I’ve talked a lot so far about the importance of a scopist and how they help court reporters. Today I’m going to talk about the importance of a transcriptionist, and how they fit into the future of the court reporting industry.
First, here’s a little context. Over the past several decades, auto-dictation software has improved vastly and is being used in courtrooms and arbitrations. As advanced as it is, it’s not perfect, so the idea of the digital court reporter consists of two separate people as a way to check for errors against the computer. Thus, enter four-channel record keeping.
A digital court reporter will show up, either on-site or virtually, with four microphones. One goes to the judge or arbitrator, another to the witness, one the witness’s attorney, and one to the opposing attorney. Whenever someone speaks into the microphone, it shows up as text on a screen. Since each party has their own microphone, it does wonders for eliminating the hassle of people talking over one another. However, as we all know from Siri, the computer doesn’t always get it right. That’s where a transcriptionist comes in.
The digital court reporter will pass off the audio and text file to the transcriptionist, who will fill in the holes and check for accuracy. The transcriptionist will then turn in the final straight to production.
Court reporters are in high demand, but it isn’t because there are more lawsuits (although it may feel that way). Reporters are retiring in higher numbers than they are learning the trade, causing supply and demand to dictate the price of keeping a record. In response, companies are moving forward with digital court reporters in place. Not everyone is happy about it, but few can do anything about it.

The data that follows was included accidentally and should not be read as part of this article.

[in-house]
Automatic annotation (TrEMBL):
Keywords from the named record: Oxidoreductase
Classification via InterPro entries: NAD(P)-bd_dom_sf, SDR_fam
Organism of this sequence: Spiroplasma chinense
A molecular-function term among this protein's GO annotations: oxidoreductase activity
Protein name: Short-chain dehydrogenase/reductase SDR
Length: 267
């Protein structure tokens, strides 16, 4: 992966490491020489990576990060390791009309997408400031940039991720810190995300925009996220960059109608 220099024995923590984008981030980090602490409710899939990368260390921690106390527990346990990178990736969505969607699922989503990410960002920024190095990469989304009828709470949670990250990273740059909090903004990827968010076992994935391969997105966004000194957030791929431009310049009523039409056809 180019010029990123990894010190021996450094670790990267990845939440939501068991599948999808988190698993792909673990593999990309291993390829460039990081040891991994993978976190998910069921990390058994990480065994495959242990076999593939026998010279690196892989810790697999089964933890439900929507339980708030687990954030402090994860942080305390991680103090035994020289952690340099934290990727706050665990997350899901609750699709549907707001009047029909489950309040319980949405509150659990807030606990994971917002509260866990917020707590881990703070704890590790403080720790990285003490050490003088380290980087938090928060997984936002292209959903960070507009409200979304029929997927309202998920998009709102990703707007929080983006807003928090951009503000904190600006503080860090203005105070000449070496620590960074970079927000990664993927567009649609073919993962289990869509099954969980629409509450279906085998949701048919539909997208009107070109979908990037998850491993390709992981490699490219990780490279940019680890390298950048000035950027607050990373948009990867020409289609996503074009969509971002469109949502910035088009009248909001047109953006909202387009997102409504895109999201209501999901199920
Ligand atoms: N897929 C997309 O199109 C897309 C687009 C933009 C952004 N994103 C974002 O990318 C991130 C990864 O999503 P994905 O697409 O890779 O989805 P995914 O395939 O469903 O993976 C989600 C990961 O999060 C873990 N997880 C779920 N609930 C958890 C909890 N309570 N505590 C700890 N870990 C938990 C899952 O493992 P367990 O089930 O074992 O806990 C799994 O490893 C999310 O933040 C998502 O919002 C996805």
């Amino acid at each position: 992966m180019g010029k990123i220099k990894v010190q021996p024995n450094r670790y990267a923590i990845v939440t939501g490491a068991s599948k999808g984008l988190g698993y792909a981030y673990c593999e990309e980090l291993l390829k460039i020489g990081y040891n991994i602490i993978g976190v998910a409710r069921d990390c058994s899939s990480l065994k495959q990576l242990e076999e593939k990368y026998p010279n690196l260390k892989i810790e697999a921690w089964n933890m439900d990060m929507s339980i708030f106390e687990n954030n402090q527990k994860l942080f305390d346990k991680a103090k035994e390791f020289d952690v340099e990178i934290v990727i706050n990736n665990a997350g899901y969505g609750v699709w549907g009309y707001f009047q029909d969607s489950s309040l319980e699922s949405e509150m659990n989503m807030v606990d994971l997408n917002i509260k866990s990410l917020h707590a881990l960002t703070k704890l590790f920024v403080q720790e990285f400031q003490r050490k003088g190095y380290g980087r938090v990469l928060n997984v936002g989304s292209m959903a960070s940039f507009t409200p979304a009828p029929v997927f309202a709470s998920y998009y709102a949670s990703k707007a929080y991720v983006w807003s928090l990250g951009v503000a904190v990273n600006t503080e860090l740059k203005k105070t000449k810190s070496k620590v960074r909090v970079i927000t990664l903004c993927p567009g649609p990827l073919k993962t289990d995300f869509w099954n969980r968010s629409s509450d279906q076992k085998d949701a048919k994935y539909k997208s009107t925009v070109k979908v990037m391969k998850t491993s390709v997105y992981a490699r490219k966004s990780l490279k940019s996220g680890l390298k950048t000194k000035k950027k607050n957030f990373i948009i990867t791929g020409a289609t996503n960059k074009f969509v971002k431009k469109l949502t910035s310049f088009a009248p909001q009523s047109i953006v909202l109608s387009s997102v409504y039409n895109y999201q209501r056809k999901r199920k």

As the pendulum swings, transcriptionists will become more in demand, taking over the job that court reporters did for so long. It’s difficult to say when digital court reporting will become the norm, but the technology is only improving. As of February 28, 2019, the NCRA (National Court Reporters Association) estimates the average age of court reporters to be 53 years old. Over the next decade, as the average age shifts toward retirement, the task of taking the record will be hotly debated and in flux.
“Tonight I write this journal entry on my laptop. Other nights I have handwritten entries in notebooks. Sometimes I jot down notes as I ride home in the cab or wait for an appointment. I want all of this — everything and everyone — to stay with me.” – Paula Huntley